There’s an old joke in the world of poetry workshops where a typical workshop takes an Emily Dickinson poem to task: clarify this, make this more consistent, cut this stanza (seems repetitive?). It’s funny because it’s ultimately so unthinkable. Not Dickinson. Not “My Life Had Stood a Loaded Gun.”
It’s surely rare that a critic takes a Dickinson or a Shakespeare to task. You might be an outlier and prefer other poets. Or “My Life Had Stood” might not be your favorite Dickinson jam. But the thought of a critic actually getting in there and saying this poem does not succeed, this word or move is wrong—if we’re talking about the untouchables of the canon, the Shakespeares and Dickinsons and Blakes (“dark” and “secret”?—redundant?)—is preposterous, or seems so to most of us.
Why? Because it’s patently obvious that Shakespeare and Dickinson are great poets, geniuses; furthermore, that they’re geniuses who know their own minds and intentions better than we do. Anytime we take issue with an author’s work, we’re claiming, at least in a limited instance, that we know better. And heaven forbid we then suggest a revision!
And yet, I know: nobody’s perfect. Shakespeare and Dickinson—never mind the mystery of who they were and what they thought—surely made mistakes. And maybe it’s a critic’s job (a critic with incredible confidence) to point up those mistakes, those failures, to even offer (oh, but it’s too insane to say!) corrections. Because there must be a limit to our worshipful regard. These writers aren’t really gods. Right?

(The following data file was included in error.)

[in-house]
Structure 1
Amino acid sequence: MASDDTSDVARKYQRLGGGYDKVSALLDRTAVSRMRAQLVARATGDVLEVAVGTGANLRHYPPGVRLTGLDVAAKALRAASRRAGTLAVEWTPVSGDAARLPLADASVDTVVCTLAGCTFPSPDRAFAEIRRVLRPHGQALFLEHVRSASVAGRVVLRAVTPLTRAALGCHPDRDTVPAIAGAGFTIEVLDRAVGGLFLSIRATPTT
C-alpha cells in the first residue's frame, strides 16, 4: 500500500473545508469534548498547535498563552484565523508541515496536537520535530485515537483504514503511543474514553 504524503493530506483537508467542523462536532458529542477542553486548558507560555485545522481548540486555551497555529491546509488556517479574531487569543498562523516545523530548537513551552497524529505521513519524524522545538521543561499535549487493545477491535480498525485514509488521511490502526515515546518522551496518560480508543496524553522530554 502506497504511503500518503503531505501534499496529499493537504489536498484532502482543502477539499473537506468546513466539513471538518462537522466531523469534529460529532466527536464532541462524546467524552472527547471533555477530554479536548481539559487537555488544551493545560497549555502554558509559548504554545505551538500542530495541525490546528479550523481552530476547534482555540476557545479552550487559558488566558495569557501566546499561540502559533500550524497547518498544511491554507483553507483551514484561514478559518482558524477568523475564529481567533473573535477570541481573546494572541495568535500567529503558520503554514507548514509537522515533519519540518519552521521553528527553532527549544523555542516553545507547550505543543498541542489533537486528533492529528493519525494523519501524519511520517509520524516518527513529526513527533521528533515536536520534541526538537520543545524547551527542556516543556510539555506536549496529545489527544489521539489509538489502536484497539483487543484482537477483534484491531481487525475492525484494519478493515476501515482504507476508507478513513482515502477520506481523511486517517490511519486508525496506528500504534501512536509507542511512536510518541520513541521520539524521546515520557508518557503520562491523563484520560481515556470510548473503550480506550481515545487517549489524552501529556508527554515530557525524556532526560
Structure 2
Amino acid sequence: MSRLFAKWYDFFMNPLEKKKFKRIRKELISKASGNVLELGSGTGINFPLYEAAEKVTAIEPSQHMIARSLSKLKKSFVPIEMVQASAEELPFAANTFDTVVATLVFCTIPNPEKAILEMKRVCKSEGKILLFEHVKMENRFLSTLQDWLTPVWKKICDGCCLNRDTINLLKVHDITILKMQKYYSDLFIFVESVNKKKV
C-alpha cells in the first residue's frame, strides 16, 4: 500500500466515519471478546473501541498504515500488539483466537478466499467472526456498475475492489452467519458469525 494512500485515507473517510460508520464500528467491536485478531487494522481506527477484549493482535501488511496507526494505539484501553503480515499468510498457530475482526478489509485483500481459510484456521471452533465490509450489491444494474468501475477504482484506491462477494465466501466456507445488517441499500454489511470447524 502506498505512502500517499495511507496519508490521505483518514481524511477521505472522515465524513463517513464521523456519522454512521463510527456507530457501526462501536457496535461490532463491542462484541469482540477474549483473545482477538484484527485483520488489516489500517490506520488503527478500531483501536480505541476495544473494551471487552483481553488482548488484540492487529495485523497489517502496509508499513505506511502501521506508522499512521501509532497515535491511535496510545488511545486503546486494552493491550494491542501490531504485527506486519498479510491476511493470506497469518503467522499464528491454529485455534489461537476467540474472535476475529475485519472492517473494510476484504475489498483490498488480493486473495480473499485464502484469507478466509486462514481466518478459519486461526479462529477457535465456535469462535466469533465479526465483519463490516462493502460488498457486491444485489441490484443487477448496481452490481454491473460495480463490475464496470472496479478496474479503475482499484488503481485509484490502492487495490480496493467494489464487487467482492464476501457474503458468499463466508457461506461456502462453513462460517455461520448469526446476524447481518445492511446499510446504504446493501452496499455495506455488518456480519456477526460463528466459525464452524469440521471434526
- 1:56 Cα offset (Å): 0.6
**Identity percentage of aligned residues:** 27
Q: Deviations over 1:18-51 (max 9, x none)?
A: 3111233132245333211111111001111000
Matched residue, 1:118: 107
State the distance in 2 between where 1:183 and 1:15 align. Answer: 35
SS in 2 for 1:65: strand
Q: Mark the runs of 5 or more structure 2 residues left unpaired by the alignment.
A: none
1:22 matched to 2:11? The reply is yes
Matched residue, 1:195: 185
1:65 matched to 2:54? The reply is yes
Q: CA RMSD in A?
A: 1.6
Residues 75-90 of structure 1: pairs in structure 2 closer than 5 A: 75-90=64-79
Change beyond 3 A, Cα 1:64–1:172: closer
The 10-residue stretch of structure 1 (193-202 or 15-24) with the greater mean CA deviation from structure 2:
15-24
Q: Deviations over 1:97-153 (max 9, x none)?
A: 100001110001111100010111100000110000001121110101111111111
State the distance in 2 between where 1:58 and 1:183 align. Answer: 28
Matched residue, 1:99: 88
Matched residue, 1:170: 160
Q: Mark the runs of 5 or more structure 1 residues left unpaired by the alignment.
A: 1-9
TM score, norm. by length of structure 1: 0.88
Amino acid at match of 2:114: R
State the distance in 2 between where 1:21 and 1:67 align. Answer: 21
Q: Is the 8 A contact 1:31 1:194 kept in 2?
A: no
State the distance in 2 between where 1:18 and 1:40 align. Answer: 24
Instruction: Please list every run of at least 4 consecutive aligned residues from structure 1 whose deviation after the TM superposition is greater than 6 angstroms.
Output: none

Plus, here’s the thing about knowing better: our various schools of criticism are empowered by, operate by, knowing better: better than popular thought, better than past thinking, better than our poisonous western culture.
One of my holy texts is Elizabeth Bishop’s poem “The Moose.” A great poem, right? Undeniable, right? And yet we can’t really say that. Challenging these monoliths makes the critical world go round. And though Bishop might be the best-regarded American poet of the 20th century, she isn’t as safe as a Shakespeare or a Dickinson. The window of time is smaller; we think we can know better what she meant and thought (or should have)—there’s ample evidence. And with evidence comes scruples.
Take Canadian critic Robert Boschman, who, in his recent eco-critical study of Bishop, takes issue with the end of “The Moose.” Now, anyone familiar with eco-criticism and “The Moose” might have seen this criticism coming: the moose is too nice, too consoling, too Romantically what western culture wants to make out of the natural world at the expense of the natural world: in a phrase (Boschman’s), too “like a park.”Towering, antlerless, high as a church, homely as a house (or, safe as houses). A man’s voice assures us “Perfectly harmless…” Some of the passengers exclaim in whispers, childishly, softly, “Sure are big creatures.” “It’s awful plain.” “Look! It’s a she!” Taking her time, she looks the bus over, grand, otherworldly. Why, why do we feel (we all feel) this sweet sensation of joy?